A new study published by researchers at UCL has revealed that tightening of blood vessels in the brain in Alzheimer’s could play a key role in the disease. The research, published today in the journal Science, sheds new light on potential future approaches to treat the Alzheimer’s.
Research has shown that in the early stages of Alzheimer’s disease, the most common form of dementia, a number of abnormal changes start to occur in the brain. This includes the build-up of two proteins, called amyloid and tau, as well as a reduction in blood flow. As blood delivers oxygen and nutrients to brain cells, reducing the amount of blood flowing through the brain can have a negative impact on brain health.
Researchers at UCL set out to understand the interactions between amyloid and blood flow in the brain. The team studied slices of human brain in the laboratory, as well as mice bred to show features of Alzheimer’s disease, to reveal a mechanism by which the amyloid protein could restrict blood flow in the brain.
The findings suggest that amyloid triggers chemical signals to be released to brain cells called pericytes, which naturally control how tightly the small blood vessels in our brain are squeezed. When there is too much amyloid, such as in Alzheimer’s disease, pericytes squeeze too tightly, limiting the amount of blood that can flow around the brain.
The team then took tissue taken from biopsies of people with memory and thinking problems. They found that those people who had amyloid in their brain were also more likely to have blood vessels that were being bound more tightly by pericytes.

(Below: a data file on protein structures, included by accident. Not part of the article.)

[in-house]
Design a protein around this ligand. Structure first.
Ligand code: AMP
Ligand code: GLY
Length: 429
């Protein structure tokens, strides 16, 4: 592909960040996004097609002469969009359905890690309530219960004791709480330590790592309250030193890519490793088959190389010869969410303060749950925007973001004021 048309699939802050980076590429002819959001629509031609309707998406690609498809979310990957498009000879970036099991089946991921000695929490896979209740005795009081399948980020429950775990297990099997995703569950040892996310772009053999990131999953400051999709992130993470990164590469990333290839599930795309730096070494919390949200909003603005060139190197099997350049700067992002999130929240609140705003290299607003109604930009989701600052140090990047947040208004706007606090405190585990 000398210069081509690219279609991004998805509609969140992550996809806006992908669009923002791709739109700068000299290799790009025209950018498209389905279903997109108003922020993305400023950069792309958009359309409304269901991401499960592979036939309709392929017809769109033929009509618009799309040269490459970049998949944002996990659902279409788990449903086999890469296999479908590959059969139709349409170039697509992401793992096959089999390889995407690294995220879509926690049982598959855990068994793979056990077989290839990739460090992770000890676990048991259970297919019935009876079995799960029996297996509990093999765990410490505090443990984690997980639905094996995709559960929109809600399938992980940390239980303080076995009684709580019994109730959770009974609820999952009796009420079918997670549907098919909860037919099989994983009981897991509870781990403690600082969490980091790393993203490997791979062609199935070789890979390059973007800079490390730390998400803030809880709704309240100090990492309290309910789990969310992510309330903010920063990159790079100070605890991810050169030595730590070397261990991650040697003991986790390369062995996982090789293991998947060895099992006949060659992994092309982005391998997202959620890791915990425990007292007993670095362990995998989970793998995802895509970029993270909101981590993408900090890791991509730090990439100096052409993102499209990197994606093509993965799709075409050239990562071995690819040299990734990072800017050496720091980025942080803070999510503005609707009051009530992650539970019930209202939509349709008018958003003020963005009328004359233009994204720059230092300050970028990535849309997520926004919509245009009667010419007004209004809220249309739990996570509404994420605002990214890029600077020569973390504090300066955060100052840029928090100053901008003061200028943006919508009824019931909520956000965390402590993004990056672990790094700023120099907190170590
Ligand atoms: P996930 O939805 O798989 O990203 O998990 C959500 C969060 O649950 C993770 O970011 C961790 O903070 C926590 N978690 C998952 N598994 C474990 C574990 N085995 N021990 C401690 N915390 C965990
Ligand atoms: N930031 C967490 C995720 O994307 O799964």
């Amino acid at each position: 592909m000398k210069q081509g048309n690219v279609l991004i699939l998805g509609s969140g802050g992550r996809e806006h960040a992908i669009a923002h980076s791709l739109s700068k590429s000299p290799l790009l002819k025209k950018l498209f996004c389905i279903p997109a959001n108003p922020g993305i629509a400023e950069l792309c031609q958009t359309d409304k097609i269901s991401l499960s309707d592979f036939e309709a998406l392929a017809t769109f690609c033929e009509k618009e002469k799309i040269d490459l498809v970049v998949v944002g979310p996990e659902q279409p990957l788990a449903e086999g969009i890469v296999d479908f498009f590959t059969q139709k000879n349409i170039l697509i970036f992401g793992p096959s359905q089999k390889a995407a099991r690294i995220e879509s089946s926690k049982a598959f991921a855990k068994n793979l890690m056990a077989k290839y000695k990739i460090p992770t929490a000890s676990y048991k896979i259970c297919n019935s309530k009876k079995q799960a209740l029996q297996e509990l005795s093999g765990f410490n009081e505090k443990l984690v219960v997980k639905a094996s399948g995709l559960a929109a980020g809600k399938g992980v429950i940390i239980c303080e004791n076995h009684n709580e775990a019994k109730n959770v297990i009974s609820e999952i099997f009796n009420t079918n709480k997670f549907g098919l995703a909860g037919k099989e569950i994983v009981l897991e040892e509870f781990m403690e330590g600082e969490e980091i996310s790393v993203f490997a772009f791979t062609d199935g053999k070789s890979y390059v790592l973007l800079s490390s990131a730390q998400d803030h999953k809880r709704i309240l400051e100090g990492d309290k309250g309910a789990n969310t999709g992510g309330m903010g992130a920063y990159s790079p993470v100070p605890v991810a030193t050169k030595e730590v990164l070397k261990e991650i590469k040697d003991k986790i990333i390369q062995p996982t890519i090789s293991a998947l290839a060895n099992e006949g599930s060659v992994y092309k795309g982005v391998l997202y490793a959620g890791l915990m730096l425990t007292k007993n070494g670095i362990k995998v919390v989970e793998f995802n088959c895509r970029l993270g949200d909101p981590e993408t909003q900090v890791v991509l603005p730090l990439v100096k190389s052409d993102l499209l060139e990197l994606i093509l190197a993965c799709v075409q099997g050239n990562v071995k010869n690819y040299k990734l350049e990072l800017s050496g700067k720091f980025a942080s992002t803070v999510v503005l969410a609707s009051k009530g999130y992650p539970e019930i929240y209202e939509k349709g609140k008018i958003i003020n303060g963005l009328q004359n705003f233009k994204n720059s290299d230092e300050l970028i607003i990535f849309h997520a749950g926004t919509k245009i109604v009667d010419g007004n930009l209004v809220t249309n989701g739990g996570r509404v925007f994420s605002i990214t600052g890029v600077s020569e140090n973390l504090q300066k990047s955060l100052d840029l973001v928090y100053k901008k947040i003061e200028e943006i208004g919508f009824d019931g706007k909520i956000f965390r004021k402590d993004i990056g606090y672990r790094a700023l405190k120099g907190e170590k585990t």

The researchers were able to use chemicals to loosen the grip of pericytes on blood vessels in brain slices in the laboratory. This suggests that such an approach could be a promising avenue in the search for new treatments for Alzheimer’s disease.
Dr Sara Imarisio, Head of Research at Alzheimer’s Research UK, said:
“We’ve known for some time that blood flow is restricted in the brain in Alzheimer’s, but this study tells us more about how. Teasing out the many complex processes that drive a disease like Alzheimer’s in the brain is key to developing effective treatments to stop it.
“This study adds to evidence that changes in blood flow in the brain could play an instrumental role in orchestrating damage in diseases like Alzheimer’s. Amyloid has long been a focus of efforts to develop new Alzheimer’s treatments but targeting the events downstream of amyloid may also be a promising approach. With a desperate need to develop effective medicines for Alzheimer’s disease, it’s important researchers understand the biology of the disease and leave no stone unturned in the search for life-changing treatments.”